2) Ask to guest-blog on similar sites. Bloggers are usually looking for someone to share useful information, and again, people will click your bio to see your site.

3) Use Twitter and Facebook to promote your posts. Just don't do it every day, or people will stop clicking. (Join in relevant conversation; don't just promote yourself).

You can do all this in less than thirty minutes a day. It's also great practice with deadlines for your writing.

Do you have a blog? How often do you post?

Bekah Hamrick Martin is a blogger at the Bare Naked Truth: What You Missed in Sex Ed (and Other General Blogginess). 

Monday, November 26, 2012

It's the Christmas season...

...which, if you're like me, is usually the time when all of the grand, wonderful writing goals I set for myself fall somewhere by the wayside until all the decorations, stockings and pecan pie have been put away until next year.

So, how can we make sure we are still continuing toward those goals even during this magical, I-should-just-stare-at-the-Christmas-tree-beauty time of year?

1. Set a schedule and stick to it.

It sounds easy, but it's hard to do. My normal writing time is for a little over two hours every weekday during my son's nap time. But you have NO idea how easy it is to find other things to do during that time. Dinner prep, laundry, cleaning up the house, Pinterest, you name it and it's a distraction for me.

2. Set small goals and then reward yourself when you reach them.

Yes, this is also used in puppy obedience school, but it works for me so I figured I'd share it. ;) When I sit down to write, I try to set tiny "mile markers" of sorts. Every thousand words, I get up and stretch or get a snack or spend a few minutes on Facebook or Pinterest or whatever other things I need to do that day. Then I sit down and start writing again until I reach another goal.

3. Keep it reasonable.

No, you most likely are not going to be able to write a complete novel in the month of December. But maybe you can aim for a fraction of what you normally do and if (or when) you complete more, that's just another excuse to celebrate with more pecan pie, right? ;) Don't try to overdo - the idea is to enjoy the season celebrating Christ's birth, not be completely stressed out by adding unrealistic deadlines to yourself.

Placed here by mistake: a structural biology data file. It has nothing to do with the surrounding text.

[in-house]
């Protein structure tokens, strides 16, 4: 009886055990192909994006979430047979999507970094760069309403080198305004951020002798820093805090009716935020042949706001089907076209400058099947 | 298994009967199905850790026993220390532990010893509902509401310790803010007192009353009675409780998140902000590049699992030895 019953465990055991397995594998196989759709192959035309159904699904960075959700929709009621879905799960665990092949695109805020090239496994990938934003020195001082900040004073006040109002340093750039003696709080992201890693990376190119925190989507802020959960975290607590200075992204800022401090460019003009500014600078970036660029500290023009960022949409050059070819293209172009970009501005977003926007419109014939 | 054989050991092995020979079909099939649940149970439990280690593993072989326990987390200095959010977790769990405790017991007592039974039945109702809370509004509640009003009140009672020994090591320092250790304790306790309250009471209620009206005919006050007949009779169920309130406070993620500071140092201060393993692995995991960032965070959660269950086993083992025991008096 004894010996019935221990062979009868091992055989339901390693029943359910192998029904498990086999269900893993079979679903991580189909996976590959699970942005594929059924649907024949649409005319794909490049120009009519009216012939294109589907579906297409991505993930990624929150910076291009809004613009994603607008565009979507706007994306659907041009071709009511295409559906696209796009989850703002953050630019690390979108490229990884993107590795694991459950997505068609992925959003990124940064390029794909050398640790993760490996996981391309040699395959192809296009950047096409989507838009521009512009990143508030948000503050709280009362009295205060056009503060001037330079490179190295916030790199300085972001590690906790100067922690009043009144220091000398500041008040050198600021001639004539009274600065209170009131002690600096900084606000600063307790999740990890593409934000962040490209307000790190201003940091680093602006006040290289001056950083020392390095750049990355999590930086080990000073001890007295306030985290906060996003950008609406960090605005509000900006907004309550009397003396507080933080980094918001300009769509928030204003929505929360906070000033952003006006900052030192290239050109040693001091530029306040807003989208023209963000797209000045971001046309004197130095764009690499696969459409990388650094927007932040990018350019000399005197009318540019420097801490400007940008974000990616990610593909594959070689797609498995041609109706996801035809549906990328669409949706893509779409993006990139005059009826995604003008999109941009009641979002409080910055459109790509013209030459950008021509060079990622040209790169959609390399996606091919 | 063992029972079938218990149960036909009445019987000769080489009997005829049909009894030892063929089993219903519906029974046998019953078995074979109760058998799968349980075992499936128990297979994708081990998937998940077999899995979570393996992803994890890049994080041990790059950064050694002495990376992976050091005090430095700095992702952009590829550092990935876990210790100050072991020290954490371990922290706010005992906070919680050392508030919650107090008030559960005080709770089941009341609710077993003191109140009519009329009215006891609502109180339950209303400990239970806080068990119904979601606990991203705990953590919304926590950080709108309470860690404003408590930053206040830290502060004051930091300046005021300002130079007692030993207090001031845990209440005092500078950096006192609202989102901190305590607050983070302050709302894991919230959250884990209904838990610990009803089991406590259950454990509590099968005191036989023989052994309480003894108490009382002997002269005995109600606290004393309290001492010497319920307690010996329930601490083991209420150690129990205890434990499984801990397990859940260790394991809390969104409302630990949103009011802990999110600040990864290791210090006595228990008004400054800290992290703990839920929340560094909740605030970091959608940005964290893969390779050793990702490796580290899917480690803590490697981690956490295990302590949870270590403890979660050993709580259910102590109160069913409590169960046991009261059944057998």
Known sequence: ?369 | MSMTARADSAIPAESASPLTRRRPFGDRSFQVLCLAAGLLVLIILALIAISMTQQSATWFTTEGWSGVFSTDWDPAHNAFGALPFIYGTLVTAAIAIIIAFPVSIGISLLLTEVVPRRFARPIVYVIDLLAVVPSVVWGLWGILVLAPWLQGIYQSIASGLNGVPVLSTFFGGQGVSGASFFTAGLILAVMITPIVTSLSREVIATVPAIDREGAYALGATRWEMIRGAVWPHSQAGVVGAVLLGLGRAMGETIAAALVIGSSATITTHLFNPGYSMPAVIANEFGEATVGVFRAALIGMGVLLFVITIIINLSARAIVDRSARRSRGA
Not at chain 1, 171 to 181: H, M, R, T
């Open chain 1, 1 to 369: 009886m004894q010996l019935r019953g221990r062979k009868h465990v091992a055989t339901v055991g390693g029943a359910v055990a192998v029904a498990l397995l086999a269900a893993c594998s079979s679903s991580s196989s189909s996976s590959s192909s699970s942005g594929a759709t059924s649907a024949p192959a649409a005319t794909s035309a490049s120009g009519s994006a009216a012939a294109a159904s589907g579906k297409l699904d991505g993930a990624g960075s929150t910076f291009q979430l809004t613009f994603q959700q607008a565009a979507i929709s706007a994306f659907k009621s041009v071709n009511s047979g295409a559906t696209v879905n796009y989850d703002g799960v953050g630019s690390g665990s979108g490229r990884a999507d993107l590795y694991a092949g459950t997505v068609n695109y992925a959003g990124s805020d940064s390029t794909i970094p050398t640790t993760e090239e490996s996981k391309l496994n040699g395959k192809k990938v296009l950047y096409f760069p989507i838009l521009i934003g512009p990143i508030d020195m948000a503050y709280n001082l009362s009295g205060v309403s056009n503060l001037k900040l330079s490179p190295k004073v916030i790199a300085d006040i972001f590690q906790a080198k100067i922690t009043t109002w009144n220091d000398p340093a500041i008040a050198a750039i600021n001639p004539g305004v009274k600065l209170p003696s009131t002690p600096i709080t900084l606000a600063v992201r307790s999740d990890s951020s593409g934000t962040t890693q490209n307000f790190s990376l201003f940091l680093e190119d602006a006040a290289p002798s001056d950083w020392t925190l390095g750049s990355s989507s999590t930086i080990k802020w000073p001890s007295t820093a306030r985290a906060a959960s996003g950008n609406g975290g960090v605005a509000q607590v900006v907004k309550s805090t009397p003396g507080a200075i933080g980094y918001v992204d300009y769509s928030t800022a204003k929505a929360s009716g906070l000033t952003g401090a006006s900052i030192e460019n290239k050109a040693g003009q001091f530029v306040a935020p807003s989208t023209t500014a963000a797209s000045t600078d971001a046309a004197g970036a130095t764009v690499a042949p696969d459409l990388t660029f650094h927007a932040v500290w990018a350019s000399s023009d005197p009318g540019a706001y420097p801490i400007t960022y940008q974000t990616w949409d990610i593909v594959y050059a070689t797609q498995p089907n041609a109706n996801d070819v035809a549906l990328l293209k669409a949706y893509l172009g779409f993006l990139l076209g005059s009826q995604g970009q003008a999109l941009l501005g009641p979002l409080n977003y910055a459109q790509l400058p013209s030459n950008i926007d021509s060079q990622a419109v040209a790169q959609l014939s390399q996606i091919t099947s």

What are you hoping to accomplish (or not accomplish!) this Christmas season?

Thursday, November 22, 2012

Happy Thanksgiving, Y'all!

Happy Thanksgiving, fellow writers!

And while we're on the subject of giving thanks, I can't help thinking of those responsible for my writing career...all my clients, editors, publishers, the authors who write the books that inspire me, the people kind enough to read my novels and articles, the lovely folks who've encouraged me along the way...

I'm eternally grateful.

And thank you, Scribble Chicks readers for joining us for the ride. We love your questions, the dialogue and having a place to talk about writing. It totally rocks and so do you! Hope you have an incredible, restful holiday with your family and friends.

So excited for turkey, stuffing and pumpkin pie,
:) Christa

Wednesday, November 21, 2012

Biggest pet peeve?

What is your biggest pet peeve in novels when you're just reading? What jolts you out of the story, or interrupts the flow, or makes you want to put the book down or even throw it across the room? What red flags raise in your head in regards to amateur writing?

We all have something that bothers us.